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MoMA explores Henri Labrouste's work as a key milestone in the evolution of architecture
A box of drawing instruments, part of the exhibit, "Henri Labrouste: Structure Brought to Light" about the French architect Henri Labrouste on view at the Museum of Modern Art in New York. The exhibition highlights his work in architecture and libraries in particular and is open March 10 to June 24. It is organized by MOMA, Cité de l’architecture & du patrimoine and Bibliothèque nationale de France. AFP PHOTO/Stan HONDA.
NEW YORK, NY.- Henri Labrouste: Structure Brought to Light, the first solo exhibition of Labrouste’s work in the United States, highlights his work as a key milestone in the evolution of modern architecture, libraries in particular. The exhibition is on view from March 10 to June 24, 2013. Over 200 works, from original drawings—many of them watercolors of haunting beauty and precision—to vintage and modern photographs, films, and architectural models illustrate the power of his works, the uniqueness of their decorative details and the prominence he gave to new materials, in particular to iron and cast iron. The exhibition is organized by Barry Bergdoll, The Philip Johnson Chief Curator of Architecture and Design, The Museum of Modern Art; Corinne Bélier, chief curator, Cité de l’architecture & du patrimoine; and Marc Le Coeur, art historian, Bibliothèque nationale de France, département des Estampes et de la photographie. Henri Labrouste: Structure Brought to Light is presented by MoMA, the Cité de l’architecture & du patrimoine, and the Bibliothèque nationale de France, with the participation of the Académie d’architecture and the Bibliothèque Sainte-Geneviève.

Henri Labrouste (French, 1801–1875) had a dramatic impact on 19th-century architecture through his explorations of new paradigms of space, materials, and luminosity in unprecedented places of great public assembly. His two magisterial glass-and-iron reading rooms in two Parisian libraries—the Bibliothèque Sainte-Geneviève (1838–50) and the Bibliothèque nationale (1859–75)—gave form to the idea of the modern library as a machine for knowledge and a space for contemplation. Labrouste also sought a redefinition of architecture by blending art and constructive innovation with new materials and new building technologies. His spaces are overwhelming in the daring modernity of their exposed metal frameworks, exquisitely and austerely detailed masonry walls rethought for the age of iron construction, new mechanical systems and forms of heating, and stunning luminosity, using gas lighting to create spaces that are immersive and timeless. The exhibition concludes with an examination of Labrouste’s diverse and extensive influence, from his students and early followers to contemporary practitioners.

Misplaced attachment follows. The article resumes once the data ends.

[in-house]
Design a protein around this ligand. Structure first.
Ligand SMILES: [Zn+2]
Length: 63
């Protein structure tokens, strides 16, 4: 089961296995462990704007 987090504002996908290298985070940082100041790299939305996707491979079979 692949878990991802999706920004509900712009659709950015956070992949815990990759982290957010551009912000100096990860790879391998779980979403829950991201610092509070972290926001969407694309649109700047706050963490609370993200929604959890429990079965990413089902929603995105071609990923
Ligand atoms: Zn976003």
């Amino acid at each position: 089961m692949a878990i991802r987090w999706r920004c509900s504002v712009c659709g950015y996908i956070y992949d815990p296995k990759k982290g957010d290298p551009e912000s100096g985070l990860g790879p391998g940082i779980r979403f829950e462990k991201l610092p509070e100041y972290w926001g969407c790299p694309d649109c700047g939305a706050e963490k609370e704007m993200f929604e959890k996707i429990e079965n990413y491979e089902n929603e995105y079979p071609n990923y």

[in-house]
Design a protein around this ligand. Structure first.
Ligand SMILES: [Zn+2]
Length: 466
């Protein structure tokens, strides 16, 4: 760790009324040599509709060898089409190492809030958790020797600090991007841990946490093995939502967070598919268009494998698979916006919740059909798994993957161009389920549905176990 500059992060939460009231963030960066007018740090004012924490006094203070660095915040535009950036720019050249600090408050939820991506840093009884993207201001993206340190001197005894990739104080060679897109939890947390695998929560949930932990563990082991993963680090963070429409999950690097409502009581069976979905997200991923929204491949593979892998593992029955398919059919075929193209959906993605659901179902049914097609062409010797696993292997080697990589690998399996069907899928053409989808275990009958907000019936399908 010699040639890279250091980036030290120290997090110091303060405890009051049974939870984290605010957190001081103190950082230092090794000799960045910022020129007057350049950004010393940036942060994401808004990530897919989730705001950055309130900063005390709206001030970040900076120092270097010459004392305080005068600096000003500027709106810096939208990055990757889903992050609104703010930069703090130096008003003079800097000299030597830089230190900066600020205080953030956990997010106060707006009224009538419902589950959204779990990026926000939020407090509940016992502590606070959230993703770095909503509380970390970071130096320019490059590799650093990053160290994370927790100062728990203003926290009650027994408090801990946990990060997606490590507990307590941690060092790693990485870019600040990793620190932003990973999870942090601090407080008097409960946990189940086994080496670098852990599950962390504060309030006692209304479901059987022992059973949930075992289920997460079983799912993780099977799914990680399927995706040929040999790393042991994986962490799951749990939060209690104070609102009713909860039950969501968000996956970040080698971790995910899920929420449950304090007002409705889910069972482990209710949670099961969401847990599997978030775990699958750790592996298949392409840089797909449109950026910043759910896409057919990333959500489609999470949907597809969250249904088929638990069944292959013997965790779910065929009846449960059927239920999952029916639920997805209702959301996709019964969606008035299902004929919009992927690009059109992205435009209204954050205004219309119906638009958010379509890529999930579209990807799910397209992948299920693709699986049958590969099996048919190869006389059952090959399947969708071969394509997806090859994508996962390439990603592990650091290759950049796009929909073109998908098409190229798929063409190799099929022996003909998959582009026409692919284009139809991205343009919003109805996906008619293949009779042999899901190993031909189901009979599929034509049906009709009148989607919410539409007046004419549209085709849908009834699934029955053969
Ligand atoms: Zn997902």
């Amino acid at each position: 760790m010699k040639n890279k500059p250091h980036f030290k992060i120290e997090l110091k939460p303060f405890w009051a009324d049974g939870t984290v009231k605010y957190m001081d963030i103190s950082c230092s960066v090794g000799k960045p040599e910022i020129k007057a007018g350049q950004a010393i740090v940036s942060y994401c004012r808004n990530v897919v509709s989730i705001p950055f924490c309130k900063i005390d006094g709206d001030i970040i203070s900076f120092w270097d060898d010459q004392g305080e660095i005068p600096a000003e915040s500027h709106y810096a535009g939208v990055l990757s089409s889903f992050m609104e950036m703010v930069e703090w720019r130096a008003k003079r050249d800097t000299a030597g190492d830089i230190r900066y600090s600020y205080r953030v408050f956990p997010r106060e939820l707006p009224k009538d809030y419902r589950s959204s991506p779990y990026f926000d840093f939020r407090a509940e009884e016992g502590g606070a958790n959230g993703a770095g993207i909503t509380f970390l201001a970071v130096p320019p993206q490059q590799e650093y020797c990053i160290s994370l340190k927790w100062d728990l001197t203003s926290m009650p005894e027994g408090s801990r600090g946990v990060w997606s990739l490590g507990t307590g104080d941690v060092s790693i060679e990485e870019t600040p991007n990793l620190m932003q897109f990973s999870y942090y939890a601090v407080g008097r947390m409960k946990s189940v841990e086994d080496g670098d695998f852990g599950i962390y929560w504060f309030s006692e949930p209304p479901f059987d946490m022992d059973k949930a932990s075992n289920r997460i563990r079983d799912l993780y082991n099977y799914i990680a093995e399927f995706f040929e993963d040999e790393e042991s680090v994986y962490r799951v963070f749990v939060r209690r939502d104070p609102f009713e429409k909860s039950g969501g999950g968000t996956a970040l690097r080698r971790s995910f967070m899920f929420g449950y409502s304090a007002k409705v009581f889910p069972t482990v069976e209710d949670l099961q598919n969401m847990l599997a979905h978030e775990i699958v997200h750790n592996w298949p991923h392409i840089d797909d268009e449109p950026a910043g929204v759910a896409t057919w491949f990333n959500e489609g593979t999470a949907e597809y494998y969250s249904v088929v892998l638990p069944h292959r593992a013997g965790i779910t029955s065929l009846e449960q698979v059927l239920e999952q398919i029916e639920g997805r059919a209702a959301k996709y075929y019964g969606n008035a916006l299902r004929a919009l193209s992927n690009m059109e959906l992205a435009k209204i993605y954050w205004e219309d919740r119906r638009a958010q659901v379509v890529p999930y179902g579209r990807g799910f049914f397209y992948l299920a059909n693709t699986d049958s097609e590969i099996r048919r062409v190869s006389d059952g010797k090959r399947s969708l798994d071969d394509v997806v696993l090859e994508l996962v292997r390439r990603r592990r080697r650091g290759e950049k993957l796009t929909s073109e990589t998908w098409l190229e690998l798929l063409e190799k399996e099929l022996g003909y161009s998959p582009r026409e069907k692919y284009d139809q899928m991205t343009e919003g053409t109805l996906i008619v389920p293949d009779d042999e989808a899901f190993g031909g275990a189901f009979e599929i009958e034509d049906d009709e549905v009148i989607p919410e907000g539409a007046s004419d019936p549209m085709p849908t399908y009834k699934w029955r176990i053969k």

Henri Labrouste: Structure Brought to Light is divided into three sections: The Romantic Imagination; Spaces of Knowledge; and Prosperity and Affinities.

The Romantic Imagination
The exhibition’s first section covers the period from 1818, the start of Labrouste’s artistic training, to 1838, tracing the development of Labrouste’s philosophy of architecture and practice in two settings—ancient Rome and modernizing Paris—which Labrouste conceived of as architectural laboratories. During the five years Labrouste spent at the French Academy in Rome, he began to explore a notion of architecture as the product of layers of history, societies in evolution, and of historical change, and he proposed a new approach to architecture’s capacity to carry social meaning.

On his return to Paris, Labrouste initially focused on the ephemeral architecture of public ceremonies. With their ability to temporarily rewrite the experience of the city, Labrouste saw them as fundamental in finding an architecture of social relevance for modernity. During this time, Labrouste directed the Return of the Ashes of Napoleon I in December 1840, proposed a project for the imperial tomb in the church of Les Invalides, and won two important international competitions for the construction of an insane asylum in Lausanne and a prison in Alexandria, near Turin. Drawings of these unbuilt but influential projects are included in the exhibition.